• Râmana Mahârshi

    Râmana Mahârshi was born on the 30th December 1879 in Tiruchuzhi (India) and died on the 14th april 1950, in Thiruvanamalaï.

    Countless people who went to Tiruvannamalai during the life-time of Maharshi Sri Ramana had this experience. They saw in him a sage without the least touch of worldliness, a saint of matchless purity, a witness to the eternal truth of Advaita Vedanta (Indian traditional wisdom).

    The life story of Sri Ramana Maharshi is remarkable. At a young age he experienced his own death. He did not actually die, but had a fully conscious experience of death of the body, which included awareness of himself as something other than the body, an eternal stream of energy. From that day forth he was no longer an average village boy. Despite his family’s best efforts to keep him in a somewhat normal life, he left home with just a few rupees, heading for a sacred mountain he had heard about from an uncle. That mountain, Mount Arunachala, was revered by Hindus as the actual body of the god Shiva. It rises above the ancient temple city of Tiruvanamali in the heart of southern India. It is saturated with power, certainly with energies that were anchored there long ago, and probably further enhanced by the life of the great sage who first arrived at the age of 16.

    When Ramana arrived at Tiruvanamali, no one knew what to do with him, but that really didn’t matter because all he wanted to do was to be himself into union with the Self. It is said that he meditated in the temple basement for months at a time, taking food only rarely and allowing rodents to gnaw at his shrinking body. Somehow he survived and emerged from the temple, taking up residence in a cave on the mountain. By this time devotees were aware of him and supplied meager food for the blessing of being in his presence. He was silent for most of the 23 years he spent on the mountain before being persuaded to come down into a modest ashram that was taking shape to accommodate those who wanted to be near him.

    Once in the ashram, his teaching began. He preferred to teach through the mere power of the silence that surrounded him. Devotees would sit for hours soaking up the peace and awareness that seemed to emanate from him. But of course many were insensitive to this form of learning and brought their questions to him. He responded with a teaching that sprang directly from his experience and cut to the heart of the most basic questions of the spiritual path.

    The fundamental issue from Ramana Maharshi’s perspective is : Who am I?

    Sri Ramana explains that the eternal is always present in our natural state, but we miss it because we are captives of the mind. To escape the grasp of the mind one needs to turn attention inward toward the mind: to see the mind for what it really is, a charlatan, something that appears much more substantial than it really is. The technique he offered was simply to continually trace thoughts back to their origin, to see from where they actually arise. This search brings one eventually to the « I thought », the thought that « I » exist as an entity separate from God and all creation. It is natural enough that such a thought should arise, but Ramana encouraged his followers to try to get to the root of this thought,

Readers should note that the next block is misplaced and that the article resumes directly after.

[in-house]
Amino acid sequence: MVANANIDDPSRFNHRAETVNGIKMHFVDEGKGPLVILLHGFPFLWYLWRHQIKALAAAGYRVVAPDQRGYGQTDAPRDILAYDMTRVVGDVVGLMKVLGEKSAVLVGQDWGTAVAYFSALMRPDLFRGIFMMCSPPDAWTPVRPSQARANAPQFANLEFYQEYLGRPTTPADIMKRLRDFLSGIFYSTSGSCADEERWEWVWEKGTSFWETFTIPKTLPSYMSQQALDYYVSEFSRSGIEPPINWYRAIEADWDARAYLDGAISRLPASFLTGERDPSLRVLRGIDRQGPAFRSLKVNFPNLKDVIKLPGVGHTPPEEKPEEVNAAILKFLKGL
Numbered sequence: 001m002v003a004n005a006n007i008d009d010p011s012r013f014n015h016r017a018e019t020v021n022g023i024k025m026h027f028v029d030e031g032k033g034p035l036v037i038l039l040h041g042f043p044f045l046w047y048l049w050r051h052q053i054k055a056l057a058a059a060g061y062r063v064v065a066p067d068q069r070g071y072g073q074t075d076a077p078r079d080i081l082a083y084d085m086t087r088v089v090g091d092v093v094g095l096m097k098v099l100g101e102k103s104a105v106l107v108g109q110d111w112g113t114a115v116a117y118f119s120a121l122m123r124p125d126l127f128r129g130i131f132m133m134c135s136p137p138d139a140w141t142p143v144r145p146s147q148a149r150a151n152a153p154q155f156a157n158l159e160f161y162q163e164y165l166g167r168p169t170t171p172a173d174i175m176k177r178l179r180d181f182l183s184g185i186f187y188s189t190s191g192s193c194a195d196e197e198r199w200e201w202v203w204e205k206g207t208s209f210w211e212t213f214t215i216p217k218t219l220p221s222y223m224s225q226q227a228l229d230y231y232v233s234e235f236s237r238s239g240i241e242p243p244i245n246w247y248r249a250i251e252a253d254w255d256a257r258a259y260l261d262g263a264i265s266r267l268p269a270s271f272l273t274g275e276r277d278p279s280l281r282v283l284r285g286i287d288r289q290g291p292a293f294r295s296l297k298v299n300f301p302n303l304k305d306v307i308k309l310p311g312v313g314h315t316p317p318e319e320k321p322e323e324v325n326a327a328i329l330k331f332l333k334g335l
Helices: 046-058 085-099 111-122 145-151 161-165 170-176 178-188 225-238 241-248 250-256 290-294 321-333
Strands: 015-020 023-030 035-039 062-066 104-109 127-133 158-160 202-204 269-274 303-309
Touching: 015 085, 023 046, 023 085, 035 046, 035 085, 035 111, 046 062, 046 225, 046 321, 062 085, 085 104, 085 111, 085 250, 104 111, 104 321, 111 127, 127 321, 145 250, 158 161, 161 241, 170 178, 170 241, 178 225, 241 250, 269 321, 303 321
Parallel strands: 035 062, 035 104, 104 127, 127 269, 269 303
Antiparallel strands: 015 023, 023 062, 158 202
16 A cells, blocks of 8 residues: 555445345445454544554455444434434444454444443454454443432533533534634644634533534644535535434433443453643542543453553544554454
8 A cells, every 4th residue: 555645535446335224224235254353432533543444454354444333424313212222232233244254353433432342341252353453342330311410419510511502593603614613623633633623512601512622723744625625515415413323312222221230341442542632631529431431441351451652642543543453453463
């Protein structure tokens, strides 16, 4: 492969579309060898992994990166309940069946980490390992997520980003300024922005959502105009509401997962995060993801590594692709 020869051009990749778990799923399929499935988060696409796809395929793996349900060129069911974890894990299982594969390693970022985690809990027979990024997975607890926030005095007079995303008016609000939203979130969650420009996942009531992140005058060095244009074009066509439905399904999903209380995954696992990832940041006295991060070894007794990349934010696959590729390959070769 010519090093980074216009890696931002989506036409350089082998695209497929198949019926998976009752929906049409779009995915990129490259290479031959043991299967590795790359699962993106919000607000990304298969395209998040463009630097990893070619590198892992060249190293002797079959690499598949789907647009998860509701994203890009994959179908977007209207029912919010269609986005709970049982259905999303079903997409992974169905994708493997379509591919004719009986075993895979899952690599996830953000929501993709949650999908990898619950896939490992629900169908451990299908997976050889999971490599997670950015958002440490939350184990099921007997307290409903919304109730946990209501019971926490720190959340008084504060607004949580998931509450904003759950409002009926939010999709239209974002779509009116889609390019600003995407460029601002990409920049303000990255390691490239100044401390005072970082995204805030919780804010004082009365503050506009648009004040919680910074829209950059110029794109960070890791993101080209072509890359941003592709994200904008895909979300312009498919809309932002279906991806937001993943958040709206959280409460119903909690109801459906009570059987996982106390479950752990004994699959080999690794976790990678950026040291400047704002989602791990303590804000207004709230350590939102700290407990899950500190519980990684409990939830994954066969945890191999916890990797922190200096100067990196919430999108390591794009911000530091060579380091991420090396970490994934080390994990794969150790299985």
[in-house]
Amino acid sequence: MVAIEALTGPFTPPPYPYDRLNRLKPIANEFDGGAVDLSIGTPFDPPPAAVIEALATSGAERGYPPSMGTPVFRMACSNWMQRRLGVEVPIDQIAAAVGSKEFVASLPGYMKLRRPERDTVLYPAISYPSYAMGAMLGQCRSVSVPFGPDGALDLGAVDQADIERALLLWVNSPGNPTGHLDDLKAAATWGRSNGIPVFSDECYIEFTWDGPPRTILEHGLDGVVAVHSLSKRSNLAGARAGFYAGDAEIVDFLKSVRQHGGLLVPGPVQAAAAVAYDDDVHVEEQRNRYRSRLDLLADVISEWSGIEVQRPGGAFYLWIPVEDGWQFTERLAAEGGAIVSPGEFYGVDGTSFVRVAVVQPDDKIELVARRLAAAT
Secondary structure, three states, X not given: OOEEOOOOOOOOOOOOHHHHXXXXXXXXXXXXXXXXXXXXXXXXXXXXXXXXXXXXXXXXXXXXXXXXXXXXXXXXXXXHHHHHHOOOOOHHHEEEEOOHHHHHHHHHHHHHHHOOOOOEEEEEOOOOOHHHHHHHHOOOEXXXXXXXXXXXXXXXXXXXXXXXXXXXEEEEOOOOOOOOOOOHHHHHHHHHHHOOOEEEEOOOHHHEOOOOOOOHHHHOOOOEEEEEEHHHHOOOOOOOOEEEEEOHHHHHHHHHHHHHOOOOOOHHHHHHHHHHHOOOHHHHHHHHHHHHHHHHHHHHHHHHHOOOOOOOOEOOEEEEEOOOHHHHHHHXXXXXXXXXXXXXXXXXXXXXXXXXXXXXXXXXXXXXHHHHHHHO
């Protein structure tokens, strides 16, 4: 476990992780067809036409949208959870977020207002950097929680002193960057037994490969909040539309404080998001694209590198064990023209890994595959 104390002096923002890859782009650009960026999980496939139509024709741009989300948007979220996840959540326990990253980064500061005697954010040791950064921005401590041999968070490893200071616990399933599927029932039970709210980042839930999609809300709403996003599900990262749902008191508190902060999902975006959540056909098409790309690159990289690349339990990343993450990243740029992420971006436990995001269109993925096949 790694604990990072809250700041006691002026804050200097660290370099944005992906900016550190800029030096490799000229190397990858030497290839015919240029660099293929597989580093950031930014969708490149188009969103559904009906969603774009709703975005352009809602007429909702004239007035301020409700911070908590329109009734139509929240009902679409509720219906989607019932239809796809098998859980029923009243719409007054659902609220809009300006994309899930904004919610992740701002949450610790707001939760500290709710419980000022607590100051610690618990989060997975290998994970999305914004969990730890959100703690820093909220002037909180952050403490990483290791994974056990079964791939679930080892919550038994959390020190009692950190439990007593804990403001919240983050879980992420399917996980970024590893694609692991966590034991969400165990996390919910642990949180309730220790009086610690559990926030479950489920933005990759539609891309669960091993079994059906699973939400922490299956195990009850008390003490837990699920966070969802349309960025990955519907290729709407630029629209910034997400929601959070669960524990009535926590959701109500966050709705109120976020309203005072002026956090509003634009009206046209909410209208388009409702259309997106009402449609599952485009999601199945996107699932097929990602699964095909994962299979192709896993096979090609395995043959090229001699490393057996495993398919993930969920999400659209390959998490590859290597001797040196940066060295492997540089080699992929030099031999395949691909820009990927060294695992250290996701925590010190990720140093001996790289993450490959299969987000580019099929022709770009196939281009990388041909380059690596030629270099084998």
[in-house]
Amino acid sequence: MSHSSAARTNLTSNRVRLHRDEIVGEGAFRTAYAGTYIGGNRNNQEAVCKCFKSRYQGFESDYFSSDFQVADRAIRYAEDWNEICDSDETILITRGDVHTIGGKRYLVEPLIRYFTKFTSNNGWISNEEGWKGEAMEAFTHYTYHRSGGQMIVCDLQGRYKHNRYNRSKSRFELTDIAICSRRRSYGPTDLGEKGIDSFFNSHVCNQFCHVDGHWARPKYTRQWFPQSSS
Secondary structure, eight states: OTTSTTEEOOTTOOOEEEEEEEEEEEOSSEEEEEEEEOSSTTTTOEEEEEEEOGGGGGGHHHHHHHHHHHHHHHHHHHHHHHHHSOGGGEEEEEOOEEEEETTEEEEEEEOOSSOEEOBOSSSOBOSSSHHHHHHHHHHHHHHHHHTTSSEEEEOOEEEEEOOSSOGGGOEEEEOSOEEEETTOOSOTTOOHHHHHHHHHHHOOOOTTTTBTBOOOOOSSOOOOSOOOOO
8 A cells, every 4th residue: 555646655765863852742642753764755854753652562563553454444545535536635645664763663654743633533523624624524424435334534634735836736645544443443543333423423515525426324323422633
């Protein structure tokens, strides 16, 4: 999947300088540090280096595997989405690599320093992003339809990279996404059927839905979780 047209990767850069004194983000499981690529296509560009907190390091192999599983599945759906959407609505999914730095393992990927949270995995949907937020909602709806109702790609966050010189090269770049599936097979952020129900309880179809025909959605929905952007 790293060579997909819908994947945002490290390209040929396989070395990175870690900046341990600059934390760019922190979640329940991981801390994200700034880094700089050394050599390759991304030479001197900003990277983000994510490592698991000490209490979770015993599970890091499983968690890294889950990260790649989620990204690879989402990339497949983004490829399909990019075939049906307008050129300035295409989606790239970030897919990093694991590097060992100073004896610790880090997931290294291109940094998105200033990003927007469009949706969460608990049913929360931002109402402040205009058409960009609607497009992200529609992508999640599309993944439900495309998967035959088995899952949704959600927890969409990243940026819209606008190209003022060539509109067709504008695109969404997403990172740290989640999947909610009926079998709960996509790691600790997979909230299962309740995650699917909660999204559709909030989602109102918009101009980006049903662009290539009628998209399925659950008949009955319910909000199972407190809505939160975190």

From where did it come? From where does it come minute to minute? Looking for this one finds first that there is no mind as a substantial entity that creates all thought. Rather there is just a stream of thought and every thought can end once its essential reality is questioned.

    Question: When a man realizes the self, what will he see?

    Answer: There is no seeing. Seeing is only being. The state of Self-realization, as we call it, is not attaining something new or reaching some goal which is far away, but simply being that which you always are and which you always have been. All that is needed is that you give up your realization of the not-true as true. All of us are regarding as real that which is not real. We have only to give up this practice on our part. Then we shall realize the Self as Self; in other words, « Be the Self ».

    Bibliography:

    Ramana Maharshi published several doctrinal treatise in tamoul. Only one has been translated in sanscrit: "Upadesha-sâram"

    Receiving numerous people, the answers to the asked questions were published in different books:

    “Talks with Sri Ramana Maharshi”, covering almost every spiritual topic imaginable recorded in English by Swami Ramananda Saraswati (Sri Munagala S. Venkataramaiah) during the years 1935 to 1939

    “Self-Enquiry”, an English translation by Dr. T.M.P. Mahadevan of the question and answer version of Vichara Sangraham,

    “Spiritual Instruction”, an English translation by Dr. T.M.P. Mahadevan of Upadesa Manjari, a Tamil work containing seventy questions and answers recorded by Sri Natananandar.

    “Sri Ramana Gita”, composed by Sri Vasishtha Ganapati Muni

    “Day by Day with Bhagavan” : diary by Devaraja Mudaliar

    “Letters from Sri Ramanasramam”, by Suri Nagamma

    “Maharshi and His Message”, by Paul Brunton

    “Who Am I?” : the teachings of Bhagavan Sri Ramana Maharshi by Ramana Maharshi

    “The Spiritual Teaching of Ramana Maharshi”…

    …And much more !!!